John McCain's endless war

The front-runner is blasting Romney for suggesting U.S. troops will come home from Iraq, some day. It sounds good in the Republican primary, but "war without end" won't be the best slogan for November.


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Salon Staff
January 31, 2008 11:40PM (UTC)

John McCain is so mighty, he has truly done the impossible: He's made me feel a little sympathetic to Flippin' Mitt Romney. Romney's run a nasty campaign, spending his personal fortune on ads to smear his opponents, so maybe it's just payback. But I can't believe McCain is continuing to claim that Romney backed a timetable or a deadline for withdrawing troops from Iraq. And when I read the Romney quote McCain uses, I get a little queasy. Here's what he said:

"Well, there's no question but that the president and Prime Minister al-Maliki have to have a series of timetables and milestones that they speak about. But those shouldn't be for public pronouncement. You don't want the enemy to understand how long they have to wait in the weeds until you're going to be gone."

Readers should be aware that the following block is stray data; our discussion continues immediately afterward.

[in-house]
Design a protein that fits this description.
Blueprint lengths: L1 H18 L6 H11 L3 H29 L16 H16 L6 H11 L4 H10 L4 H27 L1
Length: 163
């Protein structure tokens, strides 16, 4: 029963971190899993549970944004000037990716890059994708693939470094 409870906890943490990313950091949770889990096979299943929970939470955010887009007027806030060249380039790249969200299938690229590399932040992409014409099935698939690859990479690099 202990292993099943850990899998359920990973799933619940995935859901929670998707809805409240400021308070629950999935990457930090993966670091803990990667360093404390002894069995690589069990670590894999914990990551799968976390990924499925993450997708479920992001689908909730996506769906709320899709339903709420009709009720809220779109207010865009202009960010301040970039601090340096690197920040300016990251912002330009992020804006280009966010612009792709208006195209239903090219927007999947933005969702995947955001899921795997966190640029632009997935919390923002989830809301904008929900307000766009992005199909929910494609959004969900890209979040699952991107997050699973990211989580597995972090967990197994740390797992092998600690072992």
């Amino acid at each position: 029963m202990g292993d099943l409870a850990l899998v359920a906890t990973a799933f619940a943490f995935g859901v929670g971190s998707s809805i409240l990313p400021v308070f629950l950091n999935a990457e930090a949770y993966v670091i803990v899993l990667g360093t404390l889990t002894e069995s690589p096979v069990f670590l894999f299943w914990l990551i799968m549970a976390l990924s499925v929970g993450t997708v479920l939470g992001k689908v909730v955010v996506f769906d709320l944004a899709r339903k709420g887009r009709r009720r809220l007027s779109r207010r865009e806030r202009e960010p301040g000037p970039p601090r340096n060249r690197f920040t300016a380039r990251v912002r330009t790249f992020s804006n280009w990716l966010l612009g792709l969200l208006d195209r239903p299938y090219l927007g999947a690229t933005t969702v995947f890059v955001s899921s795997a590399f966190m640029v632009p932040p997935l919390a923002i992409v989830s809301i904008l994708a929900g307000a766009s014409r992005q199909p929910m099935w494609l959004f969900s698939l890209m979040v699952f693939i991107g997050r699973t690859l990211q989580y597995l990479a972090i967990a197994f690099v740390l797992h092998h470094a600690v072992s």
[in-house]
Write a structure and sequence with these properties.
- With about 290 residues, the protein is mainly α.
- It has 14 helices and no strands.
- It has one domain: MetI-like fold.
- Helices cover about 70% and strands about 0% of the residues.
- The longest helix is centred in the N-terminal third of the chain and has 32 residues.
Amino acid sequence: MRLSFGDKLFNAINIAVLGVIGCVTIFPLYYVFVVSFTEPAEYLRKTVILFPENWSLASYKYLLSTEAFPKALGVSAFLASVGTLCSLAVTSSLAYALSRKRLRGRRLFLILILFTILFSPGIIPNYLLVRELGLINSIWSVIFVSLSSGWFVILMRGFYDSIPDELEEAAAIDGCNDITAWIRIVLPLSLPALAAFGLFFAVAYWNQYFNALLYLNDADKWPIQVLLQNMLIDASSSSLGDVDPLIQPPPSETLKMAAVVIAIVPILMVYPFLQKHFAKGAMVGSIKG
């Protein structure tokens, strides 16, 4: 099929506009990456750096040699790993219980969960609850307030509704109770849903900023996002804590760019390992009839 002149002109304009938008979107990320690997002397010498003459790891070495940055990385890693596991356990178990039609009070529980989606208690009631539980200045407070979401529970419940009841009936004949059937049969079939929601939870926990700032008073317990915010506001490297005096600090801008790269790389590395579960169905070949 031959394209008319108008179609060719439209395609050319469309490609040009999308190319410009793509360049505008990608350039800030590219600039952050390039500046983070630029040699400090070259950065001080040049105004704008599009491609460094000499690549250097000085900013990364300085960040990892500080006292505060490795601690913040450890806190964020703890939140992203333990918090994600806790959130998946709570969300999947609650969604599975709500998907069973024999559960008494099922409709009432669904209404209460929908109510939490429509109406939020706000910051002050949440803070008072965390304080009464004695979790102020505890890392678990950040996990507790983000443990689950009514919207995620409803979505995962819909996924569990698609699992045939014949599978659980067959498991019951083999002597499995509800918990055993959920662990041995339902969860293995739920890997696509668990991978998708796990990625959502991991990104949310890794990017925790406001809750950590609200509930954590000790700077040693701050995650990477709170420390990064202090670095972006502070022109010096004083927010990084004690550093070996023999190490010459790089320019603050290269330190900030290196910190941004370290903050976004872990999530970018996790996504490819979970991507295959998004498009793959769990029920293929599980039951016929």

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Two things jump out: First, Romney expressly said any "timetables and milestones" discussed by Bush and Nouri al-Maliki shouldn't be public. That's an absolute repudiation of the strategy of having Congress set such milestones and timetables, which has been pushed by Democratic leaders and brave Republicans like Chuck Hagel. But maybe more important, McCain admits he's zeroing in on the end of Romney's quote, arguing that merely by referring to some day in the perhaps distant future when American troops will be "gone" from Iraq, Romney is surrendering.

Is McCain suggesting that anyone, no matter how hawkish, who suggests a day will come when American troops will leave Iraq is on the wrong side? I think he's just written off the vast majority of the electorate. Plus, the way he's bullied Romney in several debates -- just before the New Hampshire primary was the worst -- has been simply cruel and small. I know a lot of people quail at the prospect of war hero McCain squaring off against either a woman, Hillary Clinton, or a younger black man who opposed the war from the start, Barack Obama. Personally, I think either one of them will do just fine, because the country is on their side on the war, and they're both more appealing and harder to rattle than the mighty McCain.


Salon Staff

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